The Clyde facility has come a long way from its early days of manufacturing. From 1880-1952, the plant made a wide range of products, from Elmore automobiles and Clydesdale fire trucks to church furniture and porcelain signs. When Whirlpool purchased the facility in 1952 from Clyde Porcelain steel, it was a mere 250,000 sq ft. Two years later, it purchased an adjacent 170,000-sq-ft facility from Bendix Corp., a washing machine maker. With gradual expansions in every decade, the most recent in 1999, the factory slowly grew to its current size - 1.6 million sq ft.

The facility's production history literally outlines the evolution of laundry technology. In 1952, before the days of permanent press, the plant made ironers and wringer washers. While the ironers were manufactured for only 1 year, the wringer washer production continued until 1971. In 1954, the facility added belt-drive washers, which were manufactured until 1987. In 1980, today's direct-drive washers were added to the product line-up; and in 2000, the Whirlpool brand's well-known, high-efficiency Calypso(R) washer, one of the first designs to eliminate an agitator, started production.

To date, the plant has manufactured more than 100 million Whirlpool products. Presently, it exclusively manufactures washing machines using three platforms - a 24- or 27-in wide direct-drive (automatic) washer model for the commercial and residential markets; the washer portion (24- and 27-in) of a stacked washer/dryer for the residential market; and the 27-in Calypso model for the residential market.

A Clean Operation

Clyde is organized into component manufacturing centers. Each center is responsible for the cost, delivery, and quality of their component, he adds. "Essentially we have a number of small factories within a large factory," Mr. Drabik explains.

The plant works on three shifts a day, 5 days a week. Manufacturing processes include metal fabrication, injection molding, finishing, and assembly. Mr. Drabik explains that Clyde is vertically integrated and manufactures only components for which it has a clear core competency or cost advantage. Specifically, it produces stamped metal parts, fabricated/welded components, and large plastic parts. A global supply base provides components such as motors, small plastic parts, timers, sub-assemblies, and wire harnesses.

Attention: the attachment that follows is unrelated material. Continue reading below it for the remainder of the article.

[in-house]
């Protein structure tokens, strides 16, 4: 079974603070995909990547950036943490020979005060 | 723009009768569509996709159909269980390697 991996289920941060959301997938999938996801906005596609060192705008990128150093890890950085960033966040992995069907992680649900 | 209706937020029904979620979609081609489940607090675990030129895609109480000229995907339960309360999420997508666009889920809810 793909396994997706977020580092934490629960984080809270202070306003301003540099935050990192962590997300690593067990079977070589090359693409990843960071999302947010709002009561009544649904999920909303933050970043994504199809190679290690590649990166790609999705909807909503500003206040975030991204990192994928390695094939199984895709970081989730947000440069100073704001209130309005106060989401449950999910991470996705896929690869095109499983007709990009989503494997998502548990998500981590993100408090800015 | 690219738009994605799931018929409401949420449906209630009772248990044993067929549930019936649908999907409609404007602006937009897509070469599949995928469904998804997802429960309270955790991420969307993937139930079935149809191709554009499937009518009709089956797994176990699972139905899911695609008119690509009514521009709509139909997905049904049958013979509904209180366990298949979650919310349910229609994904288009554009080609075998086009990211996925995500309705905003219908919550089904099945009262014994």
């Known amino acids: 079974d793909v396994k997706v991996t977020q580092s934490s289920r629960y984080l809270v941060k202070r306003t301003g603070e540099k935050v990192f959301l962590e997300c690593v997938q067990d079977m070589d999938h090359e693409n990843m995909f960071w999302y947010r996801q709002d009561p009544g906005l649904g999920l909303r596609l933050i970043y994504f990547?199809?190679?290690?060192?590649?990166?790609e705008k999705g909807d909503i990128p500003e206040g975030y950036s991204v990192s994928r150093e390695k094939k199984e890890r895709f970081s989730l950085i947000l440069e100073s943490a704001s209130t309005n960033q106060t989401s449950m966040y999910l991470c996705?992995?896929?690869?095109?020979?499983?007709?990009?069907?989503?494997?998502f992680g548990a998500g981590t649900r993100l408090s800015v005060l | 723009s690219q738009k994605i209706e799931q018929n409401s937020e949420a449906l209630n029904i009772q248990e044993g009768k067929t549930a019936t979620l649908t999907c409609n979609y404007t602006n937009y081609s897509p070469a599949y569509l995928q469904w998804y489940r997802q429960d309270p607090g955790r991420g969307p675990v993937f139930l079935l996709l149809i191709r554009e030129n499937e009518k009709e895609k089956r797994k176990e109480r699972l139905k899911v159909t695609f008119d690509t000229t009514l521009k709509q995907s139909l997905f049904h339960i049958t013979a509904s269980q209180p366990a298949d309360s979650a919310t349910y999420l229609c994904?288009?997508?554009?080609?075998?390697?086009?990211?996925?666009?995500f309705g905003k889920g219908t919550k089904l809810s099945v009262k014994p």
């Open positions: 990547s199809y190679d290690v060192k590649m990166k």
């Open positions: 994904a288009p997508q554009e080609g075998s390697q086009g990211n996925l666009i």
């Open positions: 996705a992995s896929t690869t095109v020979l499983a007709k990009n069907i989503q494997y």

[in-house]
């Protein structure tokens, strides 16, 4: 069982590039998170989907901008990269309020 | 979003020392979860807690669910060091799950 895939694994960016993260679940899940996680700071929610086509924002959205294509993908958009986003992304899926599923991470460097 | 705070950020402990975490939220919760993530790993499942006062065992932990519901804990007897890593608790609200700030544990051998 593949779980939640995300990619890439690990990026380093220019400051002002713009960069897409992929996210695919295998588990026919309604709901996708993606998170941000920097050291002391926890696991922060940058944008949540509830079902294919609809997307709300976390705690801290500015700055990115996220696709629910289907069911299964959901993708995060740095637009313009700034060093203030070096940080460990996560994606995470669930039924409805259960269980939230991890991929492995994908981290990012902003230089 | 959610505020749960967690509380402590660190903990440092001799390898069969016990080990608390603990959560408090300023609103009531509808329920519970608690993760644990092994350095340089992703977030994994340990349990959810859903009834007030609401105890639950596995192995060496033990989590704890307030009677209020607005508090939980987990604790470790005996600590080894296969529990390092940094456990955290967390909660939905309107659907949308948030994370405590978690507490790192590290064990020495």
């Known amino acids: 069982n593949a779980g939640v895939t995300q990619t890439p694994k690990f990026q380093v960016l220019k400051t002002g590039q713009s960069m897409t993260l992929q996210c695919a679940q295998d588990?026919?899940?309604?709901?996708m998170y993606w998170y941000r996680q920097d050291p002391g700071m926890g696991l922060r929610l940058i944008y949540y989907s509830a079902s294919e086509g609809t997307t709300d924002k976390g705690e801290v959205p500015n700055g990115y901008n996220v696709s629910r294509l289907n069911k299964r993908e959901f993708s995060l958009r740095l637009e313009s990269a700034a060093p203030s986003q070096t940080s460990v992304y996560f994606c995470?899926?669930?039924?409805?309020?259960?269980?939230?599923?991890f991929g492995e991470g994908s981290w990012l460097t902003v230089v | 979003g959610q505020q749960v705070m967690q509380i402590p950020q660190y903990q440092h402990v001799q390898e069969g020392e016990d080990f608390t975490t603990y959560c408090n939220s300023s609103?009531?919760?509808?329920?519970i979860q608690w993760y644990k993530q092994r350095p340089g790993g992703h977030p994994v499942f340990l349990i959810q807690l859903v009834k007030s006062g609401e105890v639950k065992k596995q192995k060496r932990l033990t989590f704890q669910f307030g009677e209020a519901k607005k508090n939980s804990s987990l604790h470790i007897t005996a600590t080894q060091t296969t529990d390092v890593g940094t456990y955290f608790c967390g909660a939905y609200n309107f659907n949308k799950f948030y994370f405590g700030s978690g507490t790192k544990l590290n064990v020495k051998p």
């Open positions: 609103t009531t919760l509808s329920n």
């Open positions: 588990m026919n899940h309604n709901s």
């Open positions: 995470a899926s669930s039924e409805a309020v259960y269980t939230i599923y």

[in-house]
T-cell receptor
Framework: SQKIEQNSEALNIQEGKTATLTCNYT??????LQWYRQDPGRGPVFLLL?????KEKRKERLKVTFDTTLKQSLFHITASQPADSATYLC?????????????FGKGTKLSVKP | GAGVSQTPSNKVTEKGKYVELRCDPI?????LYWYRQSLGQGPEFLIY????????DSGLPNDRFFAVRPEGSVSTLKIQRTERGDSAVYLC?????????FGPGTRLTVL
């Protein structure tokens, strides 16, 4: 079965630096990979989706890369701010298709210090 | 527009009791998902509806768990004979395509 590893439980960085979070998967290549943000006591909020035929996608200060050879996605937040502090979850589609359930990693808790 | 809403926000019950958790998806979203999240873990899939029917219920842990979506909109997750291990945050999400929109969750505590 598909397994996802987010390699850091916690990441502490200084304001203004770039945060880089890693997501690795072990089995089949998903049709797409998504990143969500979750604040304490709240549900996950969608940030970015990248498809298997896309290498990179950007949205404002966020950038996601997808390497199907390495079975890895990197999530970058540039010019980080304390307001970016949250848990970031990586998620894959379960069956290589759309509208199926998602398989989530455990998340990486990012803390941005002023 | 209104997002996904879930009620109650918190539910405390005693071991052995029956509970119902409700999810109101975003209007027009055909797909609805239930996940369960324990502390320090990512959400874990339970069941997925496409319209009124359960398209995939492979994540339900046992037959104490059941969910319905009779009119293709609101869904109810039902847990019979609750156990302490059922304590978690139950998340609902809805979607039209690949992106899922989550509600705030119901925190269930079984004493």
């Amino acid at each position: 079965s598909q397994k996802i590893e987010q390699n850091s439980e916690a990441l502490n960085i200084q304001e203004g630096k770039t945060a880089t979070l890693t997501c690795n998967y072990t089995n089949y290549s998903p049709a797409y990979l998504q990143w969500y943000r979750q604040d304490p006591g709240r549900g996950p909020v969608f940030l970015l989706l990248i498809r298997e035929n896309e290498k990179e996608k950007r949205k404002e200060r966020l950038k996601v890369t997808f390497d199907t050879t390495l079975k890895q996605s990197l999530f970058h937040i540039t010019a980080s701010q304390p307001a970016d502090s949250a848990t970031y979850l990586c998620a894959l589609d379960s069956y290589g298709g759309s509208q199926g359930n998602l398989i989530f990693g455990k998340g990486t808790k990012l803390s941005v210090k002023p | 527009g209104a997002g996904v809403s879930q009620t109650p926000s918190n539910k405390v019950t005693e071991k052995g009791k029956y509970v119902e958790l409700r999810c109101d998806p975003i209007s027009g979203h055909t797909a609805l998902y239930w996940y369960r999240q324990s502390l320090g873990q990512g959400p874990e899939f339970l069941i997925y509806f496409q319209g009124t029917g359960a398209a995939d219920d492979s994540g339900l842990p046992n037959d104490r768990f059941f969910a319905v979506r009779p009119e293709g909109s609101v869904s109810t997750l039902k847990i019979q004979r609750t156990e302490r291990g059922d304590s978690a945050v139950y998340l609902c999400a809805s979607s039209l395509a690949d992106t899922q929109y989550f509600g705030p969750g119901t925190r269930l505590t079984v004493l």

Assembly is divided into six lines, three of which are used to produce the high-volume, 24- and 27-in automatic washers. The u-shaped assembly lines are organized to build the appliance from the inside out in order to avoid "blind assembly," according to Mr. Dirlam. The washing machines, he says, have been designed for manufacturing, which has improved productivity and quality.

The line starts with the "heart" of the appliance, Mr. Dirlam says. The gear case is put on, followed by the motor. Next, the tub support is added, and the gear case is fastened to the tub support.

Next, the plastic tub and basket are united, followed by the addition of the balance ring, agitator, tub ring, console and electronics, and motor wiring. The final steps include water testing, the addition of the cabinet and top, hoses, literature and labels, and a final check.

The Calypso washer has its own assembly area. Utilizing lean manufacturing techniques to consolidate production processes and reduce inventory, Clyde engineers were able to construct the line within the existing facility. According to Mr. Drabik, the Calypso line's successful integration was achieved by using a cross-functional team of production operators, supervisors, design engineers, and procurement personnel from start to finish.

And while the Calypso washer area is fairly new, it too is undergoing constant CCM improvements. "It doesn't matter if the line has been here 20 years or 2 years, there is a continuous improvement process," says Mr. Dirlam.